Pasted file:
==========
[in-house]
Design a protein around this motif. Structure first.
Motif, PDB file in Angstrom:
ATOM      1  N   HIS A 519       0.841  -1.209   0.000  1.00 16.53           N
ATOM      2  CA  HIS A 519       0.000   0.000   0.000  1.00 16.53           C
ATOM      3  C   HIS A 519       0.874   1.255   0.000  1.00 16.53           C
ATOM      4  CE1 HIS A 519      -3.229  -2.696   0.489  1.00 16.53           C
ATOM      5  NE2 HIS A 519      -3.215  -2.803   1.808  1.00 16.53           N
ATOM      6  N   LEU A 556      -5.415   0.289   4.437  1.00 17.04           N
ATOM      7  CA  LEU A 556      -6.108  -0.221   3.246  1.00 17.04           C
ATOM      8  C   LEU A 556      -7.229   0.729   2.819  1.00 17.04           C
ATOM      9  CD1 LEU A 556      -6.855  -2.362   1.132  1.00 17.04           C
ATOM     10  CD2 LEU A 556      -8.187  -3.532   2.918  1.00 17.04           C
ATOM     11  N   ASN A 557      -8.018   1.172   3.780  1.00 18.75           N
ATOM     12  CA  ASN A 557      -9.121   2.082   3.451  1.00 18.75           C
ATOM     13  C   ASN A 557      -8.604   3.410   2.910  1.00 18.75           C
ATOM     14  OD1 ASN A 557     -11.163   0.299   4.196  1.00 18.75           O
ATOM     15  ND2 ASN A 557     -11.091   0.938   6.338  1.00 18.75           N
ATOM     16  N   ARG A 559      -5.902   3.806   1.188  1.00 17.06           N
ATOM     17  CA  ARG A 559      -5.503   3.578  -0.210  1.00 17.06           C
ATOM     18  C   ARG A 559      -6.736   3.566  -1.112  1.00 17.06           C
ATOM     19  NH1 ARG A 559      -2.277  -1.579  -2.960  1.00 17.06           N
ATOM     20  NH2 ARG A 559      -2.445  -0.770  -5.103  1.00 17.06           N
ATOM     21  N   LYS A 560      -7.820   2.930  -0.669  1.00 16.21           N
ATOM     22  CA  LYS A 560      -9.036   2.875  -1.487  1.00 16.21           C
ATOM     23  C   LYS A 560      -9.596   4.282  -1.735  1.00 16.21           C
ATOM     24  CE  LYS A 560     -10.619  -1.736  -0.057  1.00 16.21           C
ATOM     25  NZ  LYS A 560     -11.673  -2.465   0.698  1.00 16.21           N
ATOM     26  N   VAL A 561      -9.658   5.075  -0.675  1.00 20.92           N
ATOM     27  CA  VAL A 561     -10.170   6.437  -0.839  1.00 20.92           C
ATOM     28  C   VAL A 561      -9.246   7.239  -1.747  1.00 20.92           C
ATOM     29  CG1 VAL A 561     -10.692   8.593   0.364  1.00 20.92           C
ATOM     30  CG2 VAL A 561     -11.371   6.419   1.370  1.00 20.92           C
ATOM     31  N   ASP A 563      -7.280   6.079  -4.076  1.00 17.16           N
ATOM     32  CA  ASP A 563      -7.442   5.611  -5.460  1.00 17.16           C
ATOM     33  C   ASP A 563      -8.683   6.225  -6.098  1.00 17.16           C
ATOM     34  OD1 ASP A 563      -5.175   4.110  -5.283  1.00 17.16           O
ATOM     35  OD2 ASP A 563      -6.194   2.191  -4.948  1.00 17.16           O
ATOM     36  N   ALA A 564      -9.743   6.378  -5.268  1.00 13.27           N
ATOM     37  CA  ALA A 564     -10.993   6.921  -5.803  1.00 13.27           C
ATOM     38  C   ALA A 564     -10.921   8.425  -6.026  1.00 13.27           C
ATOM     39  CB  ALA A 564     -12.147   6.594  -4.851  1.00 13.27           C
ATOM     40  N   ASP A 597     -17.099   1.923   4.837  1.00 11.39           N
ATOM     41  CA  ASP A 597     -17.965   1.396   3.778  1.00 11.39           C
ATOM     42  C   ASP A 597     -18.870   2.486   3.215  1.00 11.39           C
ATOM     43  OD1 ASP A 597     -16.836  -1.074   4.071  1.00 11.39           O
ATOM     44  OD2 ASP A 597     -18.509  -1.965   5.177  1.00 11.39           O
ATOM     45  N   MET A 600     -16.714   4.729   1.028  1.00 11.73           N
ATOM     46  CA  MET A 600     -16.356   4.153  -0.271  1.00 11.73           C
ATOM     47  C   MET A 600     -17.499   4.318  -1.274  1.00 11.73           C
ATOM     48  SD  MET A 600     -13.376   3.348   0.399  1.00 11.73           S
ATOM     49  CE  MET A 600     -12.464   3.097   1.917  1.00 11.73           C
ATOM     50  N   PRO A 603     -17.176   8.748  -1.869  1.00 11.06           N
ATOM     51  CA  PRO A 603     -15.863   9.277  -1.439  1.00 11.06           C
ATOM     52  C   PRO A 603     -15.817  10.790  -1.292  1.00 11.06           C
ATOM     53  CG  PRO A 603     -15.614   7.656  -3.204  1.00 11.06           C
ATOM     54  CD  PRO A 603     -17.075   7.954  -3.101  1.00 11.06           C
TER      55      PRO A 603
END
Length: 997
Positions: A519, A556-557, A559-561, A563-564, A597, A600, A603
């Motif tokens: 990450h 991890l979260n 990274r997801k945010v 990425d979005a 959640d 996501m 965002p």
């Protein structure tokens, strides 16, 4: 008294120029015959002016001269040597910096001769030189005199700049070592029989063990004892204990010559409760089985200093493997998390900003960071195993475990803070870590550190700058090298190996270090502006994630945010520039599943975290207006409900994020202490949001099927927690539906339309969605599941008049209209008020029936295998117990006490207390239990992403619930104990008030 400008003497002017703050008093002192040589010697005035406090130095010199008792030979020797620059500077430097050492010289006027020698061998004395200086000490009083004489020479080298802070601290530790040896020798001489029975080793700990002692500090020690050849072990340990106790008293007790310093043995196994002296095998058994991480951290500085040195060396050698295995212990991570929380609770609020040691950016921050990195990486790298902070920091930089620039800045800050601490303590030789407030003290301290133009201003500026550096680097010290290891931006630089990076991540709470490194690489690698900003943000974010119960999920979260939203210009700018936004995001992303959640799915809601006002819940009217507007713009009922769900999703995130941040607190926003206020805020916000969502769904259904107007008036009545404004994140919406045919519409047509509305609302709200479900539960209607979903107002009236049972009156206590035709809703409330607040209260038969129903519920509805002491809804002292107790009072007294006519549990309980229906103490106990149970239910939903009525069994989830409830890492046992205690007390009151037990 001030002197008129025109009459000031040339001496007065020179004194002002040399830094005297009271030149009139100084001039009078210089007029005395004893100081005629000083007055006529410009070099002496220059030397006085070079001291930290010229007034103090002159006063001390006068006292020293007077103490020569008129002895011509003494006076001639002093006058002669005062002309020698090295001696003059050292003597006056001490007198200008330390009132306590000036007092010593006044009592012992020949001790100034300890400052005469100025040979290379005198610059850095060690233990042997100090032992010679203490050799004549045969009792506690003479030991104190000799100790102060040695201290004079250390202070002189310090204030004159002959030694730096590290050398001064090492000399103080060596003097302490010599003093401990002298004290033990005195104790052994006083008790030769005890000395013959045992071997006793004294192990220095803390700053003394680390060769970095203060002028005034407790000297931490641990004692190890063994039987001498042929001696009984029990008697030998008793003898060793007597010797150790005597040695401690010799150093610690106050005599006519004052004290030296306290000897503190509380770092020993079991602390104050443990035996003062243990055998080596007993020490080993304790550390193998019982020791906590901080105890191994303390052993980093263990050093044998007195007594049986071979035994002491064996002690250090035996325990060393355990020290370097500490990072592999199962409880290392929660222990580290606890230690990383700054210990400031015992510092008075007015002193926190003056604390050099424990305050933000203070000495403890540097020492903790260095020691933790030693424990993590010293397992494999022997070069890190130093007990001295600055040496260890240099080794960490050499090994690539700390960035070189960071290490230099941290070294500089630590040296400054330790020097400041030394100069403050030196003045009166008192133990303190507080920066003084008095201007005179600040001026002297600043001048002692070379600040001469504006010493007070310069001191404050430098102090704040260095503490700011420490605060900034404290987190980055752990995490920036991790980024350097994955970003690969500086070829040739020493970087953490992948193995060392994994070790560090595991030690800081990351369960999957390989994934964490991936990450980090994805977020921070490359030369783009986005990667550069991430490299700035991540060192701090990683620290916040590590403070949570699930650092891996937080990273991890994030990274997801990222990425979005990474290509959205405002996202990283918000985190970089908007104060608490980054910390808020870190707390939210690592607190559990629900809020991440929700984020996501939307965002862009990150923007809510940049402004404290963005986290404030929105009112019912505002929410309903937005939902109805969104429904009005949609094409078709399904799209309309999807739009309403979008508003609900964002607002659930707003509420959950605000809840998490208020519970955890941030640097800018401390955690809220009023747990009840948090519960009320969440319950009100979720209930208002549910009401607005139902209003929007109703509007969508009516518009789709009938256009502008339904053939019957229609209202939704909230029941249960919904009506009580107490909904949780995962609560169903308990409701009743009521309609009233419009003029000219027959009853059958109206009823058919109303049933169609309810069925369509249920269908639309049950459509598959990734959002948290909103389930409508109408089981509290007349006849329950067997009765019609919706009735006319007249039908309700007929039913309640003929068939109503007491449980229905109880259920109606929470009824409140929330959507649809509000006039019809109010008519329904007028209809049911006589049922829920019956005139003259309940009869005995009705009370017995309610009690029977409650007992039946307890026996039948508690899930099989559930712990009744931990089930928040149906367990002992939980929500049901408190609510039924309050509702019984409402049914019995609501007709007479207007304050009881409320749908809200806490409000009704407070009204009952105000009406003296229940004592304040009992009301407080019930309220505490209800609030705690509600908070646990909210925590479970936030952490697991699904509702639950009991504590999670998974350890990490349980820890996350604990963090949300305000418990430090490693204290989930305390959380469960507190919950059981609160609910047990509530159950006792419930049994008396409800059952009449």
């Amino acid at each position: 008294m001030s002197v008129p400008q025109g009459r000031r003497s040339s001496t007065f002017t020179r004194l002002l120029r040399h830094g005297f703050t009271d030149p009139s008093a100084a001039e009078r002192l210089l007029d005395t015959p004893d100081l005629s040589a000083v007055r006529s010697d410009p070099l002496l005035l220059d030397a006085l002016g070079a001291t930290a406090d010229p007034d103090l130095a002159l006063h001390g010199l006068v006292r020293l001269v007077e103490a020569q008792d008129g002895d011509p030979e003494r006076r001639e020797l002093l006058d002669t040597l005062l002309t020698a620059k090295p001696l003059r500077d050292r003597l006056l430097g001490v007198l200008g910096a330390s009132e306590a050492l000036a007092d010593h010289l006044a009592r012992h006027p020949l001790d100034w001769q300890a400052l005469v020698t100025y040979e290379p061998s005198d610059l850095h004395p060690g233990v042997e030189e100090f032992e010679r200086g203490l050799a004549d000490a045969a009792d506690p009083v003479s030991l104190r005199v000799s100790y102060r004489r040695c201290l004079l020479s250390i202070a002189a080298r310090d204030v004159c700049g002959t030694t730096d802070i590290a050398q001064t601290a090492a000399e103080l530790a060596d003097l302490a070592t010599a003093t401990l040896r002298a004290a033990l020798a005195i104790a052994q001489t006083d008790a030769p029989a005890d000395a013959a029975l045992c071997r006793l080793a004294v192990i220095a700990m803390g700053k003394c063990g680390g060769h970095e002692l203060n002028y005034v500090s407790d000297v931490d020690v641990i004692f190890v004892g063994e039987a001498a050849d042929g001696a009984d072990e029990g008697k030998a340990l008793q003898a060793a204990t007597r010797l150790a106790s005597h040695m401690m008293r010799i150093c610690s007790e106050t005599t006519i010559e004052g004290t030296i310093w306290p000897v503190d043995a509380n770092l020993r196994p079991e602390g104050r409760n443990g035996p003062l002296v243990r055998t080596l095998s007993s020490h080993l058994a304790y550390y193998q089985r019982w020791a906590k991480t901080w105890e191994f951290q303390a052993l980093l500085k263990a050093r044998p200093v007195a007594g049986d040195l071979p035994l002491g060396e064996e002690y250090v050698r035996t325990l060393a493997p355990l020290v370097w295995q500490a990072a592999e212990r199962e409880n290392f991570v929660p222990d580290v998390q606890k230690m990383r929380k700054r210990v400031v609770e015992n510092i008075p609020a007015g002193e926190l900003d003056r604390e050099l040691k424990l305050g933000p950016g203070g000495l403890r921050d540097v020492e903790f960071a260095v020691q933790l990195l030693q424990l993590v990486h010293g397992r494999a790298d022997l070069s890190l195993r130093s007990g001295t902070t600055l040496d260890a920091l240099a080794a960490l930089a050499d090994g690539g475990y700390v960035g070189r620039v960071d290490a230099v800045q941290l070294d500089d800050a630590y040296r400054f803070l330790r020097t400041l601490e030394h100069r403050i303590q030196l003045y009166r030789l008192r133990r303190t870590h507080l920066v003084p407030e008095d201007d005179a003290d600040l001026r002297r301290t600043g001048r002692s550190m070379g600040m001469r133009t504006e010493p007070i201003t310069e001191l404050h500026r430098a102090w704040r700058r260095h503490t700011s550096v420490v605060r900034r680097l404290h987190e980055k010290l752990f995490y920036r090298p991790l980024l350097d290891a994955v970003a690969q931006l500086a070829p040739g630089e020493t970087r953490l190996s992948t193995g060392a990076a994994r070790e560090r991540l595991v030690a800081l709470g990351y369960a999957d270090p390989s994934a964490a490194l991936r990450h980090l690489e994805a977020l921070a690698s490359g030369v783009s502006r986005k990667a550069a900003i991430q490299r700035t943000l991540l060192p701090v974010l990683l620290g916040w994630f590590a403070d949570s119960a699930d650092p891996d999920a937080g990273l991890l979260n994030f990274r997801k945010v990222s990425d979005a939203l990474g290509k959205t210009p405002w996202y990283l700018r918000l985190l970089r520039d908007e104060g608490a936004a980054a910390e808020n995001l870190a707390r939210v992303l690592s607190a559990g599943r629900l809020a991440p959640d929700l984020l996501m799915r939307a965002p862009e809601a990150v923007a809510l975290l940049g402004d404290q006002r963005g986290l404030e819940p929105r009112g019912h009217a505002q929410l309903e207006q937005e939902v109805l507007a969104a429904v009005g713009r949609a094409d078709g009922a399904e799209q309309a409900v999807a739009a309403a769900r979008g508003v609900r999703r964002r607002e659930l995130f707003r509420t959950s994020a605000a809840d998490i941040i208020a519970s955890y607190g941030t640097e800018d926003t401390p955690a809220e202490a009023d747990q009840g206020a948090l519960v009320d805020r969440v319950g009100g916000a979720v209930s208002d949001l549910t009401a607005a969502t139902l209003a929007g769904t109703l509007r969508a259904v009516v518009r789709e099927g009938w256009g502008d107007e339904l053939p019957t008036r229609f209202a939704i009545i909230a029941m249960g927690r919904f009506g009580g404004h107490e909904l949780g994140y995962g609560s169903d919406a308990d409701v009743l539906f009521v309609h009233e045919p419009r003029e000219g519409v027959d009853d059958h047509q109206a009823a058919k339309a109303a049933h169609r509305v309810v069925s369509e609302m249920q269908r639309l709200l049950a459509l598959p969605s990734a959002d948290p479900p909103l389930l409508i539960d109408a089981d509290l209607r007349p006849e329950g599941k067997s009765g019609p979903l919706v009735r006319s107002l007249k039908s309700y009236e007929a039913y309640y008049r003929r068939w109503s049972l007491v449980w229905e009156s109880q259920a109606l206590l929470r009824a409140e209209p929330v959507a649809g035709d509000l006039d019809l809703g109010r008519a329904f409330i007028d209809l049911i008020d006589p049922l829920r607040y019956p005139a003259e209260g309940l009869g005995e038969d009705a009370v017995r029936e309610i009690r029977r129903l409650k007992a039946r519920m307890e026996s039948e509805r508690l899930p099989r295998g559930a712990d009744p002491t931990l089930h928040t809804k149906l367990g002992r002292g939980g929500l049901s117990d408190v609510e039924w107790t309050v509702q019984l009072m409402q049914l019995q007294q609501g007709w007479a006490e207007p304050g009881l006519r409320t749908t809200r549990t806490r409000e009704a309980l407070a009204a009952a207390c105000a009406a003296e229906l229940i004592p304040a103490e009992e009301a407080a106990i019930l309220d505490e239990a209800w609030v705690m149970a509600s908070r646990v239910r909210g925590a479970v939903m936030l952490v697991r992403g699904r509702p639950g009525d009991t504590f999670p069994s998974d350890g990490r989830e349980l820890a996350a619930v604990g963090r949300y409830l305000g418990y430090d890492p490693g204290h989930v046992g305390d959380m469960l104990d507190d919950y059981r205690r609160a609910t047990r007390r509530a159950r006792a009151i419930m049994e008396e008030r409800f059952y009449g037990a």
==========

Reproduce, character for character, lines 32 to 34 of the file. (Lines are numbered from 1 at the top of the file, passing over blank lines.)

ATOM     29  CG1 VAL A 561     -10.692   8.593   0.364  1.00 20.92           C
ATOM     30  CG2 VAL A 561     -11.371   6.419   1.370  1.00 20.92           C
ATOM     31  N   ASP A 563      -7.280   6.079  -4.076  1.00 17.16           N